So those are the outliers. But what about the studio contenders that are more plausible than the likes of "The Smurfs 2?" We're left with six: two from Disney and/or Pixar, one from DreamWorks, one from Fox, one from Universal and one from Sony. Sony and Universal's films are both sequels, in 'Cloudy With Chance Of Meatballs 2" and "Despicable Me 2." The former is more attention grabbing with its inventive character designs, the latter was a bigger hit (one of the biggest in the genre, as it happens), but neither franchise got a nod the first time around, and it's unlikely to change here.
Fox's "Epic," while mildly disappointing at the box office, at least looked fairly striking. But Blue Sky Studios have never fared especially well with the category (they have a sole nomination, for "Ice Age" in 2003), and the broad action-adventure tone of the film may not make it a favorite with voters. A much better bet is DreamWorks' "The Croods." While not the studio's finest hour, there was enough impressive animation in the film (and of course, likely campaigning power from the company) that we should seem them bouncing back after missing out on a nomination last year.
And then there's Disney. Pixar's "Monster University" might have been mildly disappointing by their standards, but they've traditionally dominated the category. That "Cars 2" is their sole movie since the inception of the category to miss out might give some pause, but this was certainly better regarded than that was, so barring a real shock it should be a nominee. But the Mouse House's best chance at a win comes from "Frozen," which hits theaters in a couple of weeks. Though it looked on the surface like an ice-themed level from a "Tangled" video game, the early reviews have been stellar (read ours here), and given that it'll be the last major film to hit release, it'll be fresh in the memory. Remarkably, Disney have never won for an in-house film (Pixar or Studio Ghibli imports having dominated), but "Frozen" might be their best bet yet. That said, "Tangled" missed out on a nomination in 2011 despite good reviews and monster box office, so maybe it's not the home run we think it is?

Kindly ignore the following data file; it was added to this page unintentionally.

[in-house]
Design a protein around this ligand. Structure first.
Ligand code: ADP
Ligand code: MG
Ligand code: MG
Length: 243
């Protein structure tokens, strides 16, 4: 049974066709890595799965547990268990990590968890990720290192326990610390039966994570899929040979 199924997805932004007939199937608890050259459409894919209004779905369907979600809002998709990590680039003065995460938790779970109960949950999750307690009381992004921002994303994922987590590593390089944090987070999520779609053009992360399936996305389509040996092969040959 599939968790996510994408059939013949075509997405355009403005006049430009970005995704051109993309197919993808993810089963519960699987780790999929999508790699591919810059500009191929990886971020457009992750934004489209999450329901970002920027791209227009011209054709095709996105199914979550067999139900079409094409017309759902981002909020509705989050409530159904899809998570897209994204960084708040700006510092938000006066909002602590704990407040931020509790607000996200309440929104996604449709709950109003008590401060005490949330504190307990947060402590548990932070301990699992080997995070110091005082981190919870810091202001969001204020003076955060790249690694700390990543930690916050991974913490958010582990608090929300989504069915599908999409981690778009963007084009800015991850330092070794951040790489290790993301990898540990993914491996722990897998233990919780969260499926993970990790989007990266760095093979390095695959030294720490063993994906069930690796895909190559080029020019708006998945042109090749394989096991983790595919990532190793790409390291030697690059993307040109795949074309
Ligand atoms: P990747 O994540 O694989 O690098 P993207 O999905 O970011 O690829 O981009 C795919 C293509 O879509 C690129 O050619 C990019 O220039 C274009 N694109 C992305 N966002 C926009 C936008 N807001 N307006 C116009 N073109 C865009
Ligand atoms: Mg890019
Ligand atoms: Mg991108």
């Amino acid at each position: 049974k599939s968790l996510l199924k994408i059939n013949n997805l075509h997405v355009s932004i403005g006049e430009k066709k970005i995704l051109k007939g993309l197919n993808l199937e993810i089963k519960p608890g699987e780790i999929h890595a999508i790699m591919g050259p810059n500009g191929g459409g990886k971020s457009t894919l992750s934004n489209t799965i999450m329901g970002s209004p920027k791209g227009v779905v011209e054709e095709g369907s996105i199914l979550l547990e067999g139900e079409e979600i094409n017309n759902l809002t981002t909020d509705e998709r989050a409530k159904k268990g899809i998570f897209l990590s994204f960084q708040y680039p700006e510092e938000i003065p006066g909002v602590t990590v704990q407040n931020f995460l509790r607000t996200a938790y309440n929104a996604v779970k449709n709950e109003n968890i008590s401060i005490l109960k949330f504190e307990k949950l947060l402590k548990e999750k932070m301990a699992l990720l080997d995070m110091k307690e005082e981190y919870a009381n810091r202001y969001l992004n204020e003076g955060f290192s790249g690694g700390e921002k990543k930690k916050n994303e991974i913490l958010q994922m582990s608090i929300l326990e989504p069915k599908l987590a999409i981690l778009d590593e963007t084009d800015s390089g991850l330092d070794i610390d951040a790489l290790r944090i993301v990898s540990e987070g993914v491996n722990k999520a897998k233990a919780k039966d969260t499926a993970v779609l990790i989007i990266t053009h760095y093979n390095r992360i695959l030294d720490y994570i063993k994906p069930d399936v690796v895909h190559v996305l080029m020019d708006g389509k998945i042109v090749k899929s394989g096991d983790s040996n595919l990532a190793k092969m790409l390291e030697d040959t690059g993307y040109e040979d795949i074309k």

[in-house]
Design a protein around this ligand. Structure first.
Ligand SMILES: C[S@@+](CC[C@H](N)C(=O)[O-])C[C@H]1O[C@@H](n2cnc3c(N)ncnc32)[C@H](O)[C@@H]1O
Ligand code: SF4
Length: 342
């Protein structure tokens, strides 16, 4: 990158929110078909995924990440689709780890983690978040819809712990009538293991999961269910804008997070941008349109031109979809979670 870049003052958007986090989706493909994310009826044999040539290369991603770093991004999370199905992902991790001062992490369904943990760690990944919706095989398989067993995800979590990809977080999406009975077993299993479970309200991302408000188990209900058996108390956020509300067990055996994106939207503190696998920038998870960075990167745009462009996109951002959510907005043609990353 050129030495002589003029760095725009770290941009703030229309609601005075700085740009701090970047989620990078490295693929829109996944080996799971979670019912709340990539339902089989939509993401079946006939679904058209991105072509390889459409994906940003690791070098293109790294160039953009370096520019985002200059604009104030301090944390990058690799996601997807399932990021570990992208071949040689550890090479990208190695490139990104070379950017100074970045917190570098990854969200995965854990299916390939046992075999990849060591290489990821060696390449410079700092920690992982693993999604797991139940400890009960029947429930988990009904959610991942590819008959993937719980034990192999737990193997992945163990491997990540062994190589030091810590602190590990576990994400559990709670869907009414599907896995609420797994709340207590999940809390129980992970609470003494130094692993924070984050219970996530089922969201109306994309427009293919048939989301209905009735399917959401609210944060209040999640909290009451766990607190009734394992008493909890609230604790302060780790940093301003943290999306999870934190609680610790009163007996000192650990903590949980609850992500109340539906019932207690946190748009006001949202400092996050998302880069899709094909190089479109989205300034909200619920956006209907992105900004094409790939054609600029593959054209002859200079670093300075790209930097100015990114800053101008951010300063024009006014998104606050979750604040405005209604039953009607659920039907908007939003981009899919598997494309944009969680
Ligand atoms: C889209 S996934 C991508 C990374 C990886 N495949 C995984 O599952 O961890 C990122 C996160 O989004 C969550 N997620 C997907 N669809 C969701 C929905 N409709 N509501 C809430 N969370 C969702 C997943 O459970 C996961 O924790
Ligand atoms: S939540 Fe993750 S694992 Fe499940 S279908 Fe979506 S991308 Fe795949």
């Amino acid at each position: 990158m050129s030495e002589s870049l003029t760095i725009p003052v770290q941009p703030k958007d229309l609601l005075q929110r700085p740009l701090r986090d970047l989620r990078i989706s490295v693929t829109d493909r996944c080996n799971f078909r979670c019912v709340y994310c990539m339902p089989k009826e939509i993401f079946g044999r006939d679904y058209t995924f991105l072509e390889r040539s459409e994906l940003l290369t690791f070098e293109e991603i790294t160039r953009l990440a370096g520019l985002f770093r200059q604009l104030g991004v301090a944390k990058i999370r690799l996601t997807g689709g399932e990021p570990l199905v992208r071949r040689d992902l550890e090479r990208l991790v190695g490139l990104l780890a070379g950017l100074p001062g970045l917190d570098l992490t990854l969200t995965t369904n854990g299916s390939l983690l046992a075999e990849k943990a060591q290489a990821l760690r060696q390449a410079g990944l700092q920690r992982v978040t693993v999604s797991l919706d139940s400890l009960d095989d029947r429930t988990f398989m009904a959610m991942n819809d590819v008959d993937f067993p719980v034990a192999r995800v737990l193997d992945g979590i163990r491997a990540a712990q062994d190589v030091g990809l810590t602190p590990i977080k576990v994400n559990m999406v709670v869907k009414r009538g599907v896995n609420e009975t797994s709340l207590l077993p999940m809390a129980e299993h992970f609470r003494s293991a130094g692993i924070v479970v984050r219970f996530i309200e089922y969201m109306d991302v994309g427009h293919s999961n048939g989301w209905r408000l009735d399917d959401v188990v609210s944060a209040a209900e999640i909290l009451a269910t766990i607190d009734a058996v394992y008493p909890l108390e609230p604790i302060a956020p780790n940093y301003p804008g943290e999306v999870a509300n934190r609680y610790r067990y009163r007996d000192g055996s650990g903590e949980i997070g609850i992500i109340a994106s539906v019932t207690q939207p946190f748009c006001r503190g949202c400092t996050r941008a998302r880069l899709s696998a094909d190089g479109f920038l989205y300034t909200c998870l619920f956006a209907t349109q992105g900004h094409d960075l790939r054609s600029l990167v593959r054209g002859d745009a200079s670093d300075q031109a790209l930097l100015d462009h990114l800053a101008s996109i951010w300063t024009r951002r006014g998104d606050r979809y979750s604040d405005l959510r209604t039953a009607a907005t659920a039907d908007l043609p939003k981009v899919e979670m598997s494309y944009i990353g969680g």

And "Frozen" doesn't have a free route to the prize, because Disney also have a movie by an absolute master of the form. And in fact, "The Wind Rises" is said to be the last film by Studio Ghibli mastermind Hayao Miyazaki, making it an immediate milestone. We found the film to be an extraordinary achievement in Venice, and the reviews are mostly stellar, so this would likely figure in even if its director wasn't retiring. But the idea of honoring Miyazaki one last time seems almost too good to pass up.
There are some roadblocks. The film is quite different from the director's other work, less fantasy based, and more grown-up. And there's been some controversy at home about the politics of the film (mostly misjudged, we'd argue). But perhaps most important is that Disney are distributing. Will the benefits of being able to put "Academy Award winner" in the ads when the film is released outweigh the desire to get "Frozen" the statue? It's likely to be between the two movies, and there'll be plenty of back and forth over the next few months.
Best Animated Feature Predictions - Tuesday November 12th
"Ernest & Celestine"
"The Wind Rises"
Best Animated Short Longlist
"Feral" (dir. Daniel Sousa)
"Get A Horse!" (dir. Lauren MacMullan) - Disney
"Gloria Victoria" (dir. Theodore Ushev)
"Hollow Land" (dir. Uri Kranot and Michelle Kranot)
"The Missing Scarf" (dir. Eoin Duffy)
"Mr. Hublot" (dir. Lauren Witz & Alexandre Espigares)
"Possessions" (dir. Shuhei Morita)
"Requiem For Romance" (dir. Jonathan Ng)
"Room On The Broom" (dir. Max Lang & Jan Lachauer)
"Subconscious Password" (dir. Chris Landreth)